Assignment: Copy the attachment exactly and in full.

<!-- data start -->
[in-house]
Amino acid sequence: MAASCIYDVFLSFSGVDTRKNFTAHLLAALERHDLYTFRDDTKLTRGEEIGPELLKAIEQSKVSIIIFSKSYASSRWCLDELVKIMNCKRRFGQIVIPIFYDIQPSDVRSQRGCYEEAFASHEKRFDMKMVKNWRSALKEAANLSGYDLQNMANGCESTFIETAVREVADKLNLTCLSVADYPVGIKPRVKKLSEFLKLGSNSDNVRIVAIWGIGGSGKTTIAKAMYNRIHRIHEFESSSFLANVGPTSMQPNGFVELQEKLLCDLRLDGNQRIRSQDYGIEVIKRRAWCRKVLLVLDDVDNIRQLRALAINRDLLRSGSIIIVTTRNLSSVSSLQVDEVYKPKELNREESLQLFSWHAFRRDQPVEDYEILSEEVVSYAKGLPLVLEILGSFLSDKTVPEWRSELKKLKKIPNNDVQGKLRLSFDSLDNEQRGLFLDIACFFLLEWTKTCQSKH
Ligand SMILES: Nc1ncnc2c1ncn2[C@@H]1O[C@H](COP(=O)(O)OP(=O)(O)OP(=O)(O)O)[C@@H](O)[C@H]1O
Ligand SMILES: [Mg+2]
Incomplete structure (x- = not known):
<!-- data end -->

[in-house]
Amino acid sequence: MAASCIYDVFLSFSGVDTRKNFTAHLLAALERHDLYTFRDDTKLTRGEEIGPELLKAIEQSKVSIIIFSKSYASSRWCLDELVKIMNCKRRFGQIVIPIFYDIQPSDVRSQRGCYEEAFASHEKRFDMKMVKNWRSALKEAANLSGYDLQNMANGCESTFIETAVREVADKLNLTCLSVADYPVGIKPRVKKLSEFLKLGSNSDNVRIVAIWGIGGSGKTTIAKAMYNRIHRIHEFESSSFLANVGPTSMQPNGFVELQEKLLCDLRLDGNQRIRSQDYGIEVIKRRAWCRKVLLVLDDVDNIRQLRALAINRDLLRSGSIIIVTTRNLSSVSSLQVDEVYKPKELNREESLQLFSWHAFRRDQPVEDYEILSEEVVSYAKGLPLVLEILGSFLSDKTVPEWRSELKKLKKIPNNDVQGKLRLSFDSLDNEQRGLFLDIACFFLLEWTKTCQSKH
Ligand SMILES: Nc1ncnc2c1ncn2[C@@H]1O[C@H](COP(=O)(O)OP(=O)(O)OP(=O)(O)O)[C@@H](O)[C@H]1O
Ligand SMILES: [Mg+2]
Incomplete structure (x- = not known):